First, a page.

What happened?
A health scare connected to Costco Wholesale (COST -0.52%) seems to have passed. The Centers for Disease Control and Prevention on Tuesday announced that an outbreak of the deadly E. coli bacteria traced back to rotisserie chicken salad sold at the popular retailer "appears to be over," with the most recent illness in the outbreak reported to the CDC started on Nov. 3.

In all, the CDC reports, 19 people in seven states were infected, most after consuming the food. Five of those people were hospitalized; none has died from the potentially deadly illness. Although most strains of E. coli are harmless, the 0157:H7 form produces toxins that can have extremely harmful effects on the body.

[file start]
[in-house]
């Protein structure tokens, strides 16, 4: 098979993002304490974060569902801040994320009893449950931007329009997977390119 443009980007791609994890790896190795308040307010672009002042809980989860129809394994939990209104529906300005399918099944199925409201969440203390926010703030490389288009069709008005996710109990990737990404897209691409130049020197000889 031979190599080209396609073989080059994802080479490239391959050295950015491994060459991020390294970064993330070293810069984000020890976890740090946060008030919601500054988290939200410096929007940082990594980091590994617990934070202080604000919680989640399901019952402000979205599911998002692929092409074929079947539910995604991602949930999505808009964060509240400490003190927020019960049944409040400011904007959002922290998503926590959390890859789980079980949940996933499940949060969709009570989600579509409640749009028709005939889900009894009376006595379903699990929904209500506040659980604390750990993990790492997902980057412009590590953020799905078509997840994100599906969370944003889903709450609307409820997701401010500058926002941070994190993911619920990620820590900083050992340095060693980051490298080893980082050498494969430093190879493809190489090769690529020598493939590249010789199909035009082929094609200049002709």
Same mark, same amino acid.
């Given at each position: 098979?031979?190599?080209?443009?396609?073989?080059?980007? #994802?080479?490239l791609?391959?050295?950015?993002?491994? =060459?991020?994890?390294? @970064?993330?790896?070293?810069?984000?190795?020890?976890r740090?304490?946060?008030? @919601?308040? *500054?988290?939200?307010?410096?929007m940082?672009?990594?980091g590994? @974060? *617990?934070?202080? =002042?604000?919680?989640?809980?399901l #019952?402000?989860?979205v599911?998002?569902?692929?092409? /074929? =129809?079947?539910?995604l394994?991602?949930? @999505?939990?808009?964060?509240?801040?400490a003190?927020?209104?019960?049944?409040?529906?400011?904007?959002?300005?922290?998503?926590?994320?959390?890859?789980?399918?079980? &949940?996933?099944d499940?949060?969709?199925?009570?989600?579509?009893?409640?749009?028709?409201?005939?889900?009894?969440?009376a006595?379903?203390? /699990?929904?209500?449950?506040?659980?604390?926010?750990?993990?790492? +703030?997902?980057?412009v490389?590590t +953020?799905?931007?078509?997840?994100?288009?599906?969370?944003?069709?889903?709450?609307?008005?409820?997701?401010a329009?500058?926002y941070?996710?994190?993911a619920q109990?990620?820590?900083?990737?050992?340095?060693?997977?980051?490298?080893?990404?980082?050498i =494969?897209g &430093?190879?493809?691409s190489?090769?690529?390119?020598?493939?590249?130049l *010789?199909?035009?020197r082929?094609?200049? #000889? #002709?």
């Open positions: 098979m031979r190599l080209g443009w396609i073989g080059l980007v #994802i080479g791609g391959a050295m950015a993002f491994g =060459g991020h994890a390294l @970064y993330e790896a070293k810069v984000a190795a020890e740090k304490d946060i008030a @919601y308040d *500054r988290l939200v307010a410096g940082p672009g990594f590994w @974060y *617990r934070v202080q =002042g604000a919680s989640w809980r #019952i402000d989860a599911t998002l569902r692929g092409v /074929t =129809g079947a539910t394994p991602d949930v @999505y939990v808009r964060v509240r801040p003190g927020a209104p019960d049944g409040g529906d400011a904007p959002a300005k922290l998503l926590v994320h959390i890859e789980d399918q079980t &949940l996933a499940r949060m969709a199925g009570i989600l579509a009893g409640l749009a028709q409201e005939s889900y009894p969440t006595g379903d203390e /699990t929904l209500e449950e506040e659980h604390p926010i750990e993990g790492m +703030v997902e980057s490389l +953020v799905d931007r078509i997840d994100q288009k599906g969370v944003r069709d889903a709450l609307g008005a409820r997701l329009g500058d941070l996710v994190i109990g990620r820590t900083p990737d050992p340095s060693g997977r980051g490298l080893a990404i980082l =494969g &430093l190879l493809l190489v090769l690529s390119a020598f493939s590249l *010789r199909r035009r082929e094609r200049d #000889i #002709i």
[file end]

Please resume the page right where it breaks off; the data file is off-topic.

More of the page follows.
Does it matter?
Although it's certainly a relief -- who needs life-threatening bacteria when taking a snack break from shopping? -- the E. coli scare at Costco was short-lived and limited. As such, it was not particularly impactful to the company's operations. It didn't spook investors either, as we can see by the still-raging stock price, which has climbed by almost 17% since September, in spite of a recent pullback.

Perhaps this is because the Costco outbreak is less severe and widespread than the one connected to Chipotle Mexican Grill (CMG -1.07%). In contrast to the retailer, the outbreak connected to Chipotle hasn't been declared over, and it's more widespread. So far, there have been almost 50 confirmed cases of E. coli poisoning linked to Chipotle, in nine states, as compared to the seven states of the Costco incidents. The restaurant chain isn't out of the woods yet, and investors are punishing the company. Since news of the outbreak broke in early November, the stock price has dropped 20%, and the bottom might not yet be in sight. In contrast, Costco has escaped its E. coli scare relatively unscathed as a company.